You can also change your benefits policies to reflect the diverse needs of multiple generations in the workplace. For example, offer flexible schedules to accommodate family obligations or social causes.

Pilot a few nontraditional benefits to find out what resonates with all the generations in the workplace. You could pilot a wellness program that offers subscriptions to meditation apps or fitness classes with a small focus group of people from each generation.

4. Foster recognition and inclusion

Each of the 5 generations in the workplace has its own unique experiences that influence their work styles and values. It might be challenging for them all to align on these styles or values, given their diversity. However, you can leverage their commonalities and find ways to plant seeds in their minds. This will help bridge gaps between them and make them feel included.

For example, baby boomers might be more traditional than millennials or Gen Zs. However, if it’s one thing that the different generations have in common, it’s the need for appreciation and recognition. Therefore, make sure to cater to this need for every generation in a way that they will acknowledge. Remember, there’s no one-size-fits-all approach.

Unique as they are in the workplace, it’s important to understand that they are going through different life stages, like starting a family or planning to retire. This means that their needs will differ. Being proactive and accommodating their new circumstances or transitions will help them feel valued and respected. Also, sharing and celebrating their life achievements will help foster more recognition and inclusion within your team.

Some ideas you can use to build a more inclusive team:

  • Team-building activities
  • Pairing employees together
  • Using an upward communication style
  • Focus on strengths instead of weaknesses
  • Find common ground

How different generations can coexist and prosper in the workplace

While a multi generational workforce can lead to innovation and growth, it can also cause tension between employees. Workplace tension can often hold employees back from their full potential and create a toxic work environment.

To combat this, do the following:

  • Focus on common ground. Everyone strives to do meaningful work and be valued for their contributions, which is a shared goal you can use to help unite the team.
  • Ask questions instead of making assumptions. Get to know all the coworkers as individuals by asking them questions instead of making assumptions.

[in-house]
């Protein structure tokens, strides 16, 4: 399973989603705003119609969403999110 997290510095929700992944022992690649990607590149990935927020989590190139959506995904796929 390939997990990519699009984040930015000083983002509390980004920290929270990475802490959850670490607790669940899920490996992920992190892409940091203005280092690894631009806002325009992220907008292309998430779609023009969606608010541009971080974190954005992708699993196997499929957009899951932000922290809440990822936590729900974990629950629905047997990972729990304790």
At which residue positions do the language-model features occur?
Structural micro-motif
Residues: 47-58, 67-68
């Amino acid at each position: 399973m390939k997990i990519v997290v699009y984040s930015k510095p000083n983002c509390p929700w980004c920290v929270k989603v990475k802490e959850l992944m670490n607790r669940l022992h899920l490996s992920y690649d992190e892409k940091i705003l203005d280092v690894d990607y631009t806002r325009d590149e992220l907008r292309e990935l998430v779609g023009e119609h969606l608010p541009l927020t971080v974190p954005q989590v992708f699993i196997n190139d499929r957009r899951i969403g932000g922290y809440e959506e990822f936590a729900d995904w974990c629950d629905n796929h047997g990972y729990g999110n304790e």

• Communicate across styles. Adapt your communication approach to suit the preferences of the person you are conversing with.
    Share knowledge: Get those who have years of experience or tons of technical experience to guide those (up-and-coming) similar positions or younger generations in the workplace.


All the diverse generations and perspectives in the modern workforce are like potting soil for innovation and growth. However, this diversity can also lead to conflict, which requires a collaborative effort to overcome.

While some generational differences in the workplace lead to conflict, common ground can also be found. At its core, every generation wants to do meaningful work and to feel valued. If you can identify these shared goals and values, you can use it as a lightweight way to bring them together. And be an inspiring leader and advocate for them.

Aligning multiple generations in the workplace on values and goals might solve many problems, but taking it to the next level is like adding extra nutrients to your potting soil. Developing open-ended communication and talent-building strategies helps to do more than just bridge the gap. It opens up the door for more creative solutions and a self-sufficient team that truly works in unison.

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Marialena Kanaki - Content Marketing Manager

Marialena hates talking about herself in the third person. She loves to inspire people with authenticity. And she prioritizes that in all her content—without the need for smoke and mirrors.

Marialena Kanaki LinkedIn